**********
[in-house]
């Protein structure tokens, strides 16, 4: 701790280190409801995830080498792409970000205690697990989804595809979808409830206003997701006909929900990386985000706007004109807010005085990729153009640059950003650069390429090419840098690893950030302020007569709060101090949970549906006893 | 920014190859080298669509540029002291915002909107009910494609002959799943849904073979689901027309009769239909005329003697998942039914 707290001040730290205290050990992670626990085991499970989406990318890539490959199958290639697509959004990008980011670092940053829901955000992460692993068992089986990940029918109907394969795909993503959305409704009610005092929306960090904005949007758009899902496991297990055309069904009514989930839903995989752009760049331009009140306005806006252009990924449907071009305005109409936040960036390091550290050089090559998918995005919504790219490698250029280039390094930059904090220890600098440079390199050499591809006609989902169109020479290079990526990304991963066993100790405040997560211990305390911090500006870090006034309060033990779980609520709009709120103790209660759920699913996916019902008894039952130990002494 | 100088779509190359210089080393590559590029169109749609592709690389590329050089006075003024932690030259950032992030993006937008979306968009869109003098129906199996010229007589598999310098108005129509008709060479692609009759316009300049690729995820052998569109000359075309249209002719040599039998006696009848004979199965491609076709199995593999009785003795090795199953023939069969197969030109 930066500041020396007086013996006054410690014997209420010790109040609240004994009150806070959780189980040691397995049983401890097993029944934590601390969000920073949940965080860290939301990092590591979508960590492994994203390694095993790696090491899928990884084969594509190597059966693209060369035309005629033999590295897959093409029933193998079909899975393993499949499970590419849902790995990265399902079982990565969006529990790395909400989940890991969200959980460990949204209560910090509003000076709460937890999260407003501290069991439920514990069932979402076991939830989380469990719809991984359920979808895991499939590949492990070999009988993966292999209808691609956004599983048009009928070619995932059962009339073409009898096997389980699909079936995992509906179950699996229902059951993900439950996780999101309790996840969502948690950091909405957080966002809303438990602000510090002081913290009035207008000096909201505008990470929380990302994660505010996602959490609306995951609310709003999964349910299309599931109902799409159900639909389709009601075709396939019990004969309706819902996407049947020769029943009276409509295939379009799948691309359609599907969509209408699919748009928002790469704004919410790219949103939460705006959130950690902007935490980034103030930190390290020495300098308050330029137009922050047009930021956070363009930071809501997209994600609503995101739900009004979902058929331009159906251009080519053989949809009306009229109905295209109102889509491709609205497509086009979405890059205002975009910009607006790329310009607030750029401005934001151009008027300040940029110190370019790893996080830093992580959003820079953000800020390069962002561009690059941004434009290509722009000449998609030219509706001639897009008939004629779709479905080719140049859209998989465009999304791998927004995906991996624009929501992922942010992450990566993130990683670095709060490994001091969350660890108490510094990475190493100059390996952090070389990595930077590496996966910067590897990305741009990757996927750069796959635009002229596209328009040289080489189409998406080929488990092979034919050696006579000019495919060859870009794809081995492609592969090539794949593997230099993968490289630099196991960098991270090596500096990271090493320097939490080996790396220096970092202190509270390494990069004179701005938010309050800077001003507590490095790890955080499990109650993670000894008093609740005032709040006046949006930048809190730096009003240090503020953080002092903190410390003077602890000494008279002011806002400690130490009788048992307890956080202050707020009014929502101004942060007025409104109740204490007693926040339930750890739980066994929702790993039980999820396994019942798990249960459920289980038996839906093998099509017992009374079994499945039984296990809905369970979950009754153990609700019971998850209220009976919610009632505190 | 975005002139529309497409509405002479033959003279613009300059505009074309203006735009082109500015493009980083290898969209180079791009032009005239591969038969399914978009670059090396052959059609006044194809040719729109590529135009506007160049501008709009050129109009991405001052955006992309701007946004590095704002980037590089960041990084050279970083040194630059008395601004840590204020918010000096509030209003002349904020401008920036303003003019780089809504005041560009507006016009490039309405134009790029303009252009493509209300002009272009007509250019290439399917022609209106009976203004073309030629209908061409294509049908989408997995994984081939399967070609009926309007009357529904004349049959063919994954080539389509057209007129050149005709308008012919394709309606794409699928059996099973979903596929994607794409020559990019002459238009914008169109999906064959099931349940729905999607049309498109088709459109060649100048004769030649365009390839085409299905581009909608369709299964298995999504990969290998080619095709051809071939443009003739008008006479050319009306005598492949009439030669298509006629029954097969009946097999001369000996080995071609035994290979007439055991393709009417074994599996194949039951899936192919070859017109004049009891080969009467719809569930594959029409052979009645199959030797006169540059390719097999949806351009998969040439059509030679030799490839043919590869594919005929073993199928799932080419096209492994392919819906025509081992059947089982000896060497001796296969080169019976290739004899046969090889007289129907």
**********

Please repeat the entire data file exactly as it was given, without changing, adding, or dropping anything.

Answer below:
[in-house]
């Protein structure tokens, strides 16, 4: 701790280190409801995830080498792409970000205690697990989804595809979808409830206003997701006909929900990386985000706007004109807010005085990729153009640059950003650069390429090419840098690893950030302020007569709060101090949970549906006893 | 920014190859080298669509540029002291915002909107009910494609002959799943849904073979689901027309009769239909005329003697998942039914 707290001040730290205290050990992670626990085991499970989406990318890539490959199958290639697509959004990008980011670092940053829901955000992460692993068992089986990940029918109907394969795909993503959305409704009610005092929306960090904005949007758009899902496991297990055309069904009514989930839903995989752009760049331009009140306005806006252009990924449907071009305005109409936040960036390091550290050089090559998918995005919504790219490698250029280039390094930059904090220890600098440079390199050499591809006609989902169109020479290079990526990304991963066993100790405040997560211990305390911090500006870090006034309060033990779980609520709009709120103790209660759920699913996916019902008894039952130990002494 | 100088779509190359210089080393590559590029169109749609592709690389590329050089006075003024932690030259950032992030993006937008979306968009869109003098129906199996010229007589598999310098108005129509008709060479692609009759316009300049690729995820052998569109000359075309249209002719040599039998006696009848004979199965491609076709199995593999009785003795090795199953023939069969197969030109 930066500041020396007086013996006054410690014997209420010790109040609240004994009150806070959780189980040691397995049983401890097993029944934590601390969000920073949940965080860290939301990092590591979508960590492994994203390694095993790696090491899928990884084969594509190597059966693209060369035309005629033999590295897959093409029933193998079909899975393993499949499970590419849902790995990265399902079982990565969006529990790395909400989940890991969200959980460990949204209560910090509003000076709460937890999260407003501290069991439920514990069932979402076991939830989380469990719809991984359920979808895991499939590949492990070999009988993966292999209808691609956004599983048009009928070619995932059962009339073409009898096997389980699909079936995992509906179950699996229902059951993900439950996780999101309790996840969502948690950091909405957080966002809303438990602000510090002081913290009035207008000096909201505008990470929380990302994660505010996602959490609306995951609310709003999964349910299309599931109902799409159900639909389709009601075709396939019990004969309706819902996407049947020769029943009276409509295939379009799948691309359609599907969509209408699919748009928002790469704004919410790219949103939460705006959130950690902007935490980034103030930190390290020495300098308050330029137009922050047009930021956070363009930071809501997209994600609503995101739900009004979902058929331009159906251009080519053989949809009306009229109905295209109102889509491709609205497509086009979405890059205002975009910009607006790329310009607030750029401005934001151009008027300040940029110190370019790893996080830093992580959003820079953000800020390069962002561009690059941004434009290509722009000449998609030219509706001639897009008939004629779709479905080719140049859209998989465009999304791998927004995906991996624009929501992922942010992450990566993130990683670095709060490994001091969350660890108490510094990475190493100059390996952090070389990595930077590496996966910067590897990305741009990757996927750069796959635009002229596209328009040289080489189409998406080929488990092979034919050696006579000019495919060859870009794809081995492609592969090539794949593997230099993968490289630099196991960098991270090596500096990271090493320097939490080996790396220096970092202190509270390494990069004179701005938010309050800077001003507590490095790890955080499990109650993670000894008093609740005032709040006046949006930048809190730096009003240090503020953080002092903190410390003077602890000494008279002011806002400690130490009788048992307890956080202050707020009014929502101004942060007025409104109740204490007693926040339930750890739980066994929702790993039980999820396994019942798990249960459920289980038996839906093998099509017992009374079994499945039984296990809905369970979950009754153990609700019971998850209220009976919610009632505190 | 975005002139529309497409509405002479033959003279613009300059505009074309203006735009082109500015493009980083290898969209180079791009032009005239591969038969399914978009670059090396052959059609006044194809040719729109590529135009506007160049501008709009050129109009991405001052955006992309701007946004590095704002980037590089960041990084050279970083040194630059008395601004840590204020918010000096509030209003002349904020401008920036303003003019780089809504005041560009507006016009490039309405134009790029303009252009493509209300002009272009007509250019290439399917022609209106009976203004073309030629209908061409294509049908989408997995994984081939399967070609009926309007009357529904004349049959063919994954080539389509057209007129050149005709308008012919394709309606794409699928059996099973979903596929994607794409020559990019002459238009914008169109999906064959099931349940729905999607049309498109088709459109060649100048004769030649365009390839085409299905581009909608369709299964298995999504990969290998080619095709051809071939443009003739008008006479050319009306005598492949009439030669298509006629029954097969009946097999001369000996080995071609035994290979007439055991393709009417074994599996194949039951899936192919070859017109004049009891080969009467719809569930594959029409052979009645199959030797006169540059390719097999949806351009998969040439059509030679030799490839043919590869594919005929073993199928799932080419096209492994392919819906025509081992059947089982000896060497001796296969080169019976290739004899046969090889007289129907």